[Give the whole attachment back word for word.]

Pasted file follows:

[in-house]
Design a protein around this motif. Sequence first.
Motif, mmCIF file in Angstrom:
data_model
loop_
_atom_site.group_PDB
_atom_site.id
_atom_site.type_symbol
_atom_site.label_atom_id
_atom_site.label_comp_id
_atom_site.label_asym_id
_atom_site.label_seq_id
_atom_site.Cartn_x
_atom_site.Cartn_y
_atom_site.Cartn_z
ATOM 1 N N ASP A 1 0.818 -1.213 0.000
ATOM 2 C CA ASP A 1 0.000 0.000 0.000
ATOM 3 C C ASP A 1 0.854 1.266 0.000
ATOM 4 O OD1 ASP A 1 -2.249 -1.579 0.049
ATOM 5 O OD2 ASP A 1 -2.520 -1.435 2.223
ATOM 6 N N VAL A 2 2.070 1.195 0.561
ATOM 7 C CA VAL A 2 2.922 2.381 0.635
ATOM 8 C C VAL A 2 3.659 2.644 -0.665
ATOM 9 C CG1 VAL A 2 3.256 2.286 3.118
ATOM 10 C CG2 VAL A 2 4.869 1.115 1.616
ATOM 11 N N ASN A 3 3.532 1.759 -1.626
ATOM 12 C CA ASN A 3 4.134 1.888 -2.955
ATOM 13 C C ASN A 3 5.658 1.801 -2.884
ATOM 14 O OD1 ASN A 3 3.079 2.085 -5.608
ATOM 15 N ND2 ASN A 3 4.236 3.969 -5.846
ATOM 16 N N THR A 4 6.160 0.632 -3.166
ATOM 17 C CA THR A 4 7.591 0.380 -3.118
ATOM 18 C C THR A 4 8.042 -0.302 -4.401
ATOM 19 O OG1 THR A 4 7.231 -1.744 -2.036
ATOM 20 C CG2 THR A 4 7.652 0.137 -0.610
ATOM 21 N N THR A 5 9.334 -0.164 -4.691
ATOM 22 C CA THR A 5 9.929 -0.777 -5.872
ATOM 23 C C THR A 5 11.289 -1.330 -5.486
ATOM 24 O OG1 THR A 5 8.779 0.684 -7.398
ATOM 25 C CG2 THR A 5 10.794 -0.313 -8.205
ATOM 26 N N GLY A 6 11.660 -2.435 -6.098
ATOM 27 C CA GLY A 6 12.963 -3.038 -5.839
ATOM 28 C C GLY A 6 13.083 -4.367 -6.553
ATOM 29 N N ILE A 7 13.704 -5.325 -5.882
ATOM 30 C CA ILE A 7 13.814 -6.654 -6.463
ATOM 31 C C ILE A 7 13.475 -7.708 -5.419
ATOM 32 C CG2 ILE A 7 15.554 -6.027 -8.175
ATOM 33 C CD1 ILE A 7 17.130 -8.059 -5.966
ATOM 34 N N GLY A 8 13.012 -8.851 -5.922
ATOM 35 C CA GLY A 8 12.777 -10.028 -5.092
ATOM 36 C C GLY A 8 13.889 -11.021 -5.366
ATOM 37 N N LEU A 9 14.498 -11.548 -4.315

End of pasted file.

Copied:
[in-house]
Design a protein around this motif. Sequence first.
Motif, mmCIF file in Angstrom:
data_model
loop_
_atom_site.group_PDB
_atom_site.id
_atom_site.type_symbol
_atom_site.label_atom_id
_atom_site.label_comp_id
_atom_site.label_asym_id
_atom_site.label_seq_id
_atom_site.Cartn_x
_atom_site.Cartn_y
_atom_site.Cartn_z
ATOM 1 N N ASP A 1 0.818 -1.213 0.000
ATOM 2 C CA ASP A 1 0.000 0.000 0.000
ATOM 3 C C ASP A 1 0.854 1.266 0.000
ATOM 4 O OD1 ASP A 1 -2.249 -1.579 0.049
ATOM 5 O OD2 ASP A 1 -2.520 -1.435 2.223
ATOM 6 N N VAL A 2 2.070 1.195 0.561
ATOM 7 C CA VAL A 2 2.922 2.381 0.635
ATOM 8 C C VAL A 2 3.659 2.644 -0.665
ATOM 9 C CG1 VAL A 2 3.256 2.286 3.118
ATOM 10 C CG2 VAL A 2 4.869 1.115 1.616
ATOM 11 N N ASN A 3 3.532 1.759 -1.626
ATOM 12 C CA ASN A 3 4.134 1.888 -2.955
ATOM 13 C C ASN A 3 5.658 1.801 -2.884
ATOM 14 O OD1 ASN A 3 3.079 2.085 -5.608
ATOM 15 N ND2 ASN A 3 4.236 3.969 -5.846
ATOM 16 N N THR A 4 6.160 0.632 -3.166
ATOM 17 C CA THR A 4 7.591 0.380 -3.118
ATOM 18 C C THR A 4 8.042 -0.302 -4.401
ATOM 19 O OG1 THR A 4 7.231 -1.744 -2.036
ATOM 20 C CG2 THR A 4 7.652 0.137 -0.610
ATOM 21 N N THR A 5 9.334 -0.164 -4.691
ATOM 22 C CA THR A 5 9.929 -0.777 -5.872
ATOM 23 C C THR A 5 11.289 -1.330 -5.486
ATOM 24 O OG1 THR A 5 8.779 0.684 -7.398
ATOM 25 C CG2 THR A 5 10.794 -0.313 -8.205
ATOM 26 N N GLY A 6 11.660 -2.435 -6.098
ATOM 27 C CA GLY A 6 12.963 -3.038 -5.839
ATOM 28 C C GLY A 6 13.083 -4.367 -6.553
ATOM 29 N N ILE A 7 13.704 -5.325 -5.882
ATOM 30 C CA ILE A 7 13.814 -6.654 -6.463
ATOM 31 C C ILE A 7 13.475 -7.708 -5.419
ATOM 32 C CG2 ILE A 7 15.554 -6.027 -8.175
ATOM 33 C CD1 ILE A 7 17.130 -8.059 -5.966
ATOM 34 N N GLY A 8 13.012 -8.851 -5.922
ATOM 35 C CA GLY A 8 12.777 -10.028 -5.092
ATOM 36 C C GLY A 8 13.889 -11.021 -5.366
ATOM 37 N N LEU A 9 14.498 -11.548 -4.315